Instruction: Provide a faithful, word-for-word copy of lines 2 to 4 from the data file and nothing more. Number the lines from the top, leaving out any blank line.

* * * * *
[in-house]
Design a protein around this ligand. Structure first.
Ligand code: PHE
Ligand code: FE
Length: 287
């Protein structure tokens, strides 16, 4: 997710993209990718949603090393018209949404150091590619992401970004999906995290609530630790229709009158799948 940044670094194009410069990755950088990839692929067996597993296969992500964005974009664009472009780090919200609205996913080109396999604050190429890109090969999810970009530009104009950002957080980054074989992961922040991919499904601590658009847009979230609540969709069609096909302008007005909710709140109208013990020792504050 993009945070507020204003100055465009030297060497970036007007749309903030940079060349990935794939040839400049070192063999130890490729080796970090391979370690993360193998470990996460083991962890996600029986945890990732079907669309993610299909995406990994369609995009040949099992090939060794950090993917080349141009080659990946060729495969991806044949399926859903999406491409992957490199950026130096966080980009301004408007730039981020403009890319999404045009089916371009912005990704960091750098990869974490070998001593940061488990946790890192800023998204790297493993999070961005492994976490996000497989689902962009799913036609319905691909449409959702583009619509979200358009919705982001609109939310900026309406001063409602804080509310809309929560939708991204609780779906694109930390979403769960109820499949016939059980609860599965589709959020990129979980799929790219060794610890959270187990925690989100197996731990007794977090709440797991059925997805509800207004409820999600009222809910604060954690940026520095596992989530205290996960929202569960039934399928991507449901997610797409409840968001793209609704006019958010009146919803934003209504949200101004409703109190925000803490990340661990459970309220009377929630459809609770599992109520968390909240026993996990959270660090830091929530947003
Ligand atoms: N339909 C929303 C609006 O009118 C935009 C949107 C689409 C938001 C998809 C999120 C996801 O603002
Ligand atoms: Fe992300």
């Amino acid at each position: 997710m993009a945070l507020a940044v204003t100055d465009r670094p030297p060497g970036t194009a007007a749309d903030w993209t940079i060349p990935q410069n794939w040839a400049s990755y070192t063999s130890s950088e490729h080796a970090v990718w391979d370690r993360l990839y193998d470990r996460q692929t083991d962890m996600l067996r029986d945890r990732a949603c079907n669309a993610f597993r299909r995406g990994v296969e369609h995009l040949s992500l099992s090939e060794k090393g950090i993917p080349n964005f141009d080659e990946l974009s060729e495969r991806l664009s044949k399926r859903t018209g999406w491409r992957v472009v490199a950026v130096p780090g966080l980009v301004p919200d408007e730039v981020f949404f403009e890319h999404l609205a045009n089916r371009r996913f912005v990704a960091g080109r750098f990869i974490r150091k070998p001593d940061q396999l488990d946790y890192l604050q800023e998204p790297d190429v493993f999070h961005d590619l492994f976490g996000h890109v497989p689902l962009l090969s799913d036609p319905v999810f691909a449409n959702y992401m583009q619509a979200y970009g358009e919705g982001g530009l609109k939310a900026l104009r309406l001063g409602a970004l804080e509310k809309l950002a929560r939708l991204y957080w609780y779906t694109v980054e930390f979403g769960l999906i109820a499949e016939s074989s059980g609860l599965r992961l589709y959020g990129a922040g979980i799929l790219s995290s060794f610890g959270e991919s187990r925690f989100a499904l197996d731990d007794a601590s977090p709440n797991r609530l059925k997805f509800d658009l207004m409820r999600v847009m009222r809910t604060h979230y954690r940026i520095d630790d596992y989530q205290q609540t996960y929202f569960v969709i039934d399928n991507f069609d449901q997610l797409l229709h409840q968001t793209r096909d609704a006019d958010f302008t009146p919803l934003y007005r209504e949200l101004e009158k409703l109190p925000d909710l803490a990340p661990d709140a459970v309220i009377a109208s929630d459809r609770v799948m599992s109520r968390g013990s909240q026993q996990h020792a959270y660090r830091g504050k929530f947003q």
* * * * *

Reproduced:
Design a protein around this ligand. Structure first.
Ligand code: PHE
Ligand code: FE